In the rush to provide environmentally friendly, nontoxic, odorless, colorless, tasteless, benign, harmless, cheap, super-reflective energy-efficient roof membrane materials, self-adhered bituminous and nonbituminous roof membranes are being reintroduced to the roofing marketplace. The concept is not new; the first self-adhered roof membrane systems date back almost 30 years. There have been some relatively modest improvements and modifications to old formulations, but the basic self-adhered roof membrane properties remain essentially the same—they stick to their substrates without extraneous adhesives.
Original self-adhered roof membrane systems were produced from asphalts altered with polymer modifiers. Plastic films were applied to top surfaces of the membranes and parting sheets to the bottoms. As a material roll was set in place, the release/parting paper on the bottom side of the sheet was removed to expose the sticky bottom side of the membrane. To ensure continuous contact of the sticky bottom side with the substrate, lawn rollers were used to press the membrane into place. Various surfacings were used to protect the ultraviolet- (UV-) sensitive waterproofing material from exposure.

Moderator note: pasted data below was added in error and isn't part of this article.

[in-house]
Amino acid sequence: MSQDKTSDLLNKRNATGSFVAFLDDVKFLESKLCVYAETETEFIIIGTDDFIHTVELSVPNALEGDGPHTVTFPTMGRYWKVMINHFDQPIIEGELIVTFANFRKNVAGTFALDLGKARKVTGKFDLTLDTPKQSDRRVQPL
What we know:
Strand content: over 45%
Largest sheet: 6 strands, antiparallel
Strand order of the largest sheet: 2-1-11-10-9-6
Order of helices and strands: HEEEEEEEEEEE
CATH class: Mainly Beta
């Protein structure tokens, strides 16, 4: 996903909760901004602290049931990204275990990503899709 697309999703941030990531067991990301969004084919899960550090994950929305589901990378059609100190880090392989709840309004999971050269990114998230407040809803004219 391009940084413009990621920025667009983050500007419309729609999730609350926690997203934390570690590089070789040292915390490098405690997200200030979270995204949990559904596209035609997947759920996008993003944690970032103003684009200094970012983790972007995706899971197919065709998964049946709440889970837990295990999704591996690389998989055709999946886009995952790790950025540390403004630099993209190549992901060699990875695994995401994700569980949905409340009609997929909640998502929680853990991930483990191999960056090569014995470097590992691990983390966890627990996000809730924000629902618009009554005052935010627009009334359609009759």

The "new" self-adhered roof membrane systems come in two varieties—bituminous and polymeric. Various surfacing materials or UV stabilizers are factory-included and replace the original plastic films and field-applied surfacings. But parting sheets remain on the bottom sides of the sheets to be removed in the field. As a material roll is set in place, the release/parting paper on the bottom side of the sheet is removed to expose the sticky bottom side of the membrane. To ensure continuous contact of the sticky bottom side with the substrate, rollers are recommended to press the membrane into place. Various surfacings/stabilizers are being used to protect the UV-sensitive waterproofing material from exposure. Notice any similarities?